PDZ domain-ligand 상호작용 네트워크의 구축과 종 특이성을 이해하기 위한 비교 상호작용 네트워크 분석 연구
- PDZ domain-ligand 상호작용 네트워크의 구축과 종 특이성을 이해하기 위한 비교 상호작용 네트워크 분석 연구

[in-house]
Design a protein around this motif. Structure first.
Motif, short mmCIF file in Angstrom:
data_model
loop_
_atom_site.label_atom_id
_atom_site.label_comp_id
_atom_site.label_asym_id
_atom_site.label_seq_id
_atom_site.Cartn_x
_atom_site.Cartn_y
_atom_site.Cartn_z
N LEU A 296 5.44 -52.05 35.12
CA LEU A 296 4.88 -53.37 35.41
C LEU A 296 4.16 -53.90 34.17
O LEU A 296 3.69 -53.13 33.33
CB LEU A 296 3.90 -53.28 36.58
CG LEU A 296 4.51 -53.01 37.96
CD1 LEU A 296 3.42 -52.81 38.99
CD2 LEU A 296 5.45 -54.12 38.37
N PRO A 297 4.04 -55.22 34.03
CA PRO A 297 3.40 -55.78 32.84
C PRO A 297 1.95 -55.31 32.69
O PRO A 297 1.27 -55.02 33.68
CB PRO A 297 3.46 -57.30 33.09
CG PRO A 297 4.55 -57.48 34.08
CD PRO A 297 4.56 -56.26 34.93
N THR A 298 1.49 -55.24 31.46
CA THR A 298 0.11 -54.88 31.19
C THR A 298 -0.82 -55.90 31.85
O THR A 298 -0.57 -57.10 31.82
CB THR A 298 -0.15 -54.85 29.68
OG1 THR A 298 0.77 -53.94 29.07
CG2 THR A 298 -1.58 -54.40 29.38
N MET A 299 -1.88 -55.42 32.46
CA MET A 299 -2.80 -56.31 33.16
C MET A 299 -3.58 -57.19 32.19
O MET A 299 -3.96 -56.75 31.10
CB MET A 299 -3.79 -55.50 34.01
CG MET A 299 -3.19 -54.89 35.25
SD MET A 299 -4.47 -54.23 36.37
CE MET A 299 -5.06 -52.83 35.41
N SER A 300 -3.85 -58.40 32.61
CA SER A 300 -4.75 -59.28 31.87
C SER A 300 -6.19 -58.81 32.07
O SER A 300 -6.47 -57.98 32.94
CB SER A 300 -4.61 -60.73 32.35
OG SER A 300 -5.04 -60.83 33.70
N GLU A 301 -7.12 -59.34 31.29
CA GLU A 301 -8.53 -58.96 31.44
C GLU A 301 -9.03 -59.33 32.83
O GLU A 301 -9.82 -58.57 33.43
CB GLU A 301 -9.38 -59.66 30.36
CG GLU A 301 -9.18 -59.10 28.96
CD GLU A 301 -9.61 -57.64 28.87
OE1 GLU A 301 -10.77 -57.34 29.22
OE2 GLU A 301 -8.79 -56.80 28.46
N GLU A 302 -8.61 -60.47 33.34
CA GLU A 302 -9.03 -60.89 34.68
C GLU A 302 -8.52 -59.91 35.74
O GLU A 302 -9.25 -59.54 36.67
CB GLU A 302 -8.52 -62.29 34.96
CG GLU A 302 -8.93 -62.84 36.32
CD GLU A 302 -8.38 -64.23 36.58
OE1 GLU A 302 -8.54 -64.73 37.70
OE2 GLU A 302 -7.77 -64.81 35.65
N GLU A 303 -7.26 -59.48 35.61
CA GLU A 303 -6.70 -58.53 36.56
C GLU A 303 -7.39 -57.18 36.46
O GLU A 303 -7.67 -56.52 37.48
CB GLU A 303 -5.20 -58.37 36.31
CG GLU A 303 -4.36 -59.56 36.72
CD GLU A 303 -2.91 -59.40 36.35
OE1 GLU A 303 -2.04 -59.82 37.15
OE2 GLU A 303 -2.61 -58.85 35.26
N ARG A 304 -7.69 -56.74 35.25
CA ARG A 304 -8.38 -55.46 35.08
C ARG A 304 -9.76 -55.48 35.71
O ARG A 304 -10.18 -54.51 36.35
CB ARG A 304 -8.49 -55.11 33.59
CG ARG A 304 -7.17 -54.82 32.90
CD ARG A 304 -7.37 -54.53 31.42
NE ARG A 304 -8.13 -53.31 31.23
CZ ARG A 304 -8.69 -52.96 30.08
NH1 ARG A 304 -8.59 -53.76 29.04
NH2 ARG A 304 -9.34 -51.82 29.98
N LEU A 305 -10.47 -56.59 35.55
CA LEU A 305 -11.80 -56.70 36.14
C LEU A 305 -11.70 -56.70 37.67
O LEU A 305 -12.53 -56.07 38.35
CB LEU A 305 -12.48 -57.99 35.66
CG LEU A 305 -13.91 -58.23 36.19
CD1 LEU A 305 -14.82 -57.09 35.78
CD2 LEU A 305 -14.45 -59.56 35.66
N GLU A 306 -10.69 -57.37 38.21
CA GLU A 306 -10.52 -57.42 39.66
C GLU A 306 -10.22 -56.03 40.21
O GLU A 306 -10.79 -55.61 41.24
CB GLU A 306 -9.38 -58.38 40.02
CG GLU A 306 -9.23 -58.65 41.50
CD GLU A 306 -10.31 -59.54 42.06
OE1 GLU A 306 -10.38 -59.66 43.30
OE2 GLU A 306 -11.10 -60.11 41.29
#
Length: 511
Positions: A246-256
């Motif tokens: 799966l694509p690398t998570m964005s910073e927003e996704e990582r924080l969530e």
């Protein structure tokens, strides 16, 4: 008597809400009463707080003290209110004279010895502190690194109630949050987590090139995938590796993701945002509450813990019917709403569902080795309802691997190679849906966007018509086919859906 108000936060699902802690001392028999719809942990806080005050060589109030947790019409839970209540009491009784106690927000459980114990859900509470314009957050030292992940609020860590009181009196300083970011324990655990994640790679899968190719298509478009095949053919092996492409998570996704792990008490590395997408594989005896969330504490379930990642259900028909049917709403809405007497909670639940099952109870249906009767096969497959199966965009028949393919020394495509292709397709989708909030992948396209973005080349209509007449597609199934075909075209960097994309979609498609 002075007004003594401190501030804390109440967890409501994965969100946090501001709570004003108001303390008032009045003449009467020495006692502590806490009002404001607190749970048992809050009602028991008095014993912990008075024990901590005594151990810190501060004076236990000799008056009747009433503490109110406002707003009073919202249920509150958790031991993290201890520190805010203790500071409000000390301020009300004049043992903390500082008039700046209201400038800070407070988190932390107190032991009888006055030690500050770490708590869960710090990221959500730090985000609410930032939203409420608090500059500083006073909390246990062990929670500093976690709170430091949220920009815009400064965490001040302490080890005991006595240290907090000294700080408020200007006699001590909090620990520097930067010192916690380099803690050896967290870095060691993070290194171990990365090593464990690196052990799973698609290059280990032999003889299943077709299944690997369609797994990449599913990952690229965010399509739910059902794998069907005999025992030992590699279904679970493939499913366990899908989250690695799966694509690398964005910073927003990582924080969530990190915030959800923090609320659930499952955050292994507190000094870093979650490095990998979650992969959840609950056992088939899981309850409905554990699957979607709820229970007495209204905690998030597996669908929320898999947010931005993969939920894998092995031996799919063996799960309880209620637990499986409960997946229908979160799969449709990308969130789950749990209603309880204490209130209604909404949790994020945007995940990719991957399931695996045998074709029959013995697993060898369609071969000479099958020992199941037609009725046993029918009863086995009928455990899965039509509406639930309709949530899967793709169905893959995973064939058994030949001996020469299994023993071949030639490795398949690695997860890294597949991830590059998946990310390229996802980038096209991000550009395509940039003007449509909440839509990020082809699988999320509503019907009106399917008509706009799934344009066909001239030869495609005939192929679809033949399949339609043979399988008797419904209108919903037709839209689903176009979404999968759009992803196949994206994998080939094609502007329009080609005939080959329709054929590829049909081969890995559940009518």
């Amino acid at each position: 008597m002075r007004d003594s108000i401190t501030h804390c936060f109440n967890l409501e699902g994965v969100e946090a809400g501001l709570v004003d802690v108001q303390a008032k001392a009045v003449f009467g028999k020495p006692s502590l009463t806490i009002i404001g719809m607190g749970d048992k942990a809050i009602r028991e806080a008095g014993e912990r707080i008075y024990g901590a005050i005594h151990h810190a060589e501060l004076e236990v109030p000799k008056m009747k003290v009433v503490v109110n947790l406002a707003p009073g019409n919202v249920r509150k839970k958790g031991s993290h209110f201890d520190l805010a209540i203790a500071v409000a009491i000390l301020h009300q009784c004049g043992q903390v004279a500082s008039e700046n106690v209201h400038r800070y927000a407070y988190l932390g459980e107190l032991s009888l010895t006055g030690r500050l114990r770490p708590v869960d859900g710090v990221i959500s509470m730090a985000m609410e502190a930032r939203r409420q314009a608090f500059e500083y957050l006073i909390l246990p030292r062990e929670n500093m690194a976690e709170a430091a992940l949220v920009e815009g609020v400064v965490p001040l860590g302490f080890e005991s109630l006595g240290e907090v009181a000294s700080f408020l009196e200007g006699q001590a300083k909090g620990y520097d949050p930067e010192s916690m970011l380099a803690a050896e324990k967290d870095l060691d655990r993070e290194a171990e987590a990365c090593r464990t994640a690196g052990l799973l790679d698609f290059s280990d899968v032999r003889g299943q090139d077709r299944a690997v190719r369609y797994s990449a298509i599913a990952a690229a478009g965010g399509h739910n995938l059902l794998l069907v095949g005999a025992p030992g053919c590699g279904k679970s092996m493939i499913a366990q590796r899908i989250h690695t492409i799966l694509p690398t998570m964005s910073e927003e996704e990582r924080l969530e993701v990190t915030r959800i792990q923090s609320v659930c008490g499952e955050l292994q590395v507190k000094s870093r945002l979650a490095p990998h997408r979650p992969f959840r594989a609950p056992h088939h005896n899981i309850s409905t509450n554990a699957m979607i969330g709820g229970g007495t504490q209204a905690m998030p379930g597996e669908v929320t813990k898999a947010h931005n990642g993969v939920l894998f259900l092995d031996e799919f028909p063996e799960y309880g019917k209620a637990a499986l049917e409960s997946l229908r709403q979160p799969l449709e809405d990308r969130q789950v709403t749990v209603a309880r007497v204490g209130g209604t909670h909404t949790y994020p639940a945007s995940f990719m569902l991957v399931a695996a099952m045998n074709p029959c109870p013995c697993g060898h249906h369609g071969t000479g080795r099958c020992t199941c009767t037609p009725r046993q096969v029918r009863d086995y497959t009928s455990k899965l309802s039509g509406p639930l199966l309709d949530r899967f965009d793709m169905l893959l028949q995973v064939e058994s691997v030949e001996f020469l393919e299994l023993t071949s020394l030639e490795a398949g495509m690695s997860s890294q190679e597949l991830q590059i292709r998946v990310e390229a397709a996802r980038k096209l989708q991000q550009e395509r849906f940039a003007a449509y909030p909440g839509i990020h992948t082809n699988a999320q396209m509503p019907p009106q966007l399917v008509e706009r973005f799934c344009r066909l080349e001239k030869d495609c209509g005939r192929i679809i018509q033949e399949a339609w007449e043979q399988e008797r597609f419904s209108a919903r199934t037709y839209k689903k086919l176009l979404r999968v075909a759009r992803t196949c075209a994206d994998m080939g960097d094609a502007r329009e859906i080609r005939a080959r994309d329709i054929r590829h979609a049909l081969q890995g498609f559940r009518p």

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- PDZ domains are one of the most common protein-protein interaction domains found in bacteria to humans, facilitating cell signaling or determination of receptor localization in key biological processes. By recognizing specific C-terminal residues on ligands, PDZ domains play critical roles in key biological processes such as signal transduction, synapse formation, protein trafficking, and cell polarity maintenance. Despite the extensive experimental and computational efforts to identify PDZ domain-ligand interactions, a quantitative PDZ domain-ligand selectivity map on a genome-wide scale is still absent. First, we developed a method that predicts the binding strength of PDZ domain-ligand interactions by combining a position weight matrix with a machine learning algorithm. Our predictions were validated through experimentally determined sets of PDZ ligands and correlated well with their binding affinities. By using this method, we constructed the first human PDZ domain-ligand interaction network (PDZNet) together with binding motif sequences and interaction strengths of ligands. PDZNet includes 1,213 interactions between 97 human PDZ proteins and 591 ligands that connect most PDZ protein-mediated interactions (98%) in a large single network via shared ligands. PDZNet will be a valuable resource to further characterize the organization of the PDZ domain-mediated signaling proteome. We implemented a web service at http://sbi.postech.ac.kr/pdz, which takes a PDZ domain sequence to provide the rank list of potential ligands. Second, we performed a comparative interactomics analysis of PDZ domain-ligand interactions by tracing changes in the C-terminal binding motif sequences of the PDZ ligands, which cause interaction rewiring in signaling circuits. Rewiring of interactions provides a simple mechanism for the development of new signaling circuits by redirecting information flows without a gain or loss of genes. Particularly, interactions mediated by short linear motifs can be easily changed by mutations, resulting in a rewiring of interactions. It is of great interest to understand how PDZ domain-ligand interactions emerged and how they become rewired across different species. We found that interaction rewiring by sequence mutation frequently occurred across species. The rewiring of PDZ domain-ligand interactions provided an effective means of functional innovations in nervous system development. We also found that components of PDZNet are highly associated with neurological diseases. Our findings provide empirical evidence for a network model that highlights the rewiring of interactions as a mechanism for the development of new protein functions and prompt new approach to study relationship of specific traits and phenotypic differences between species.
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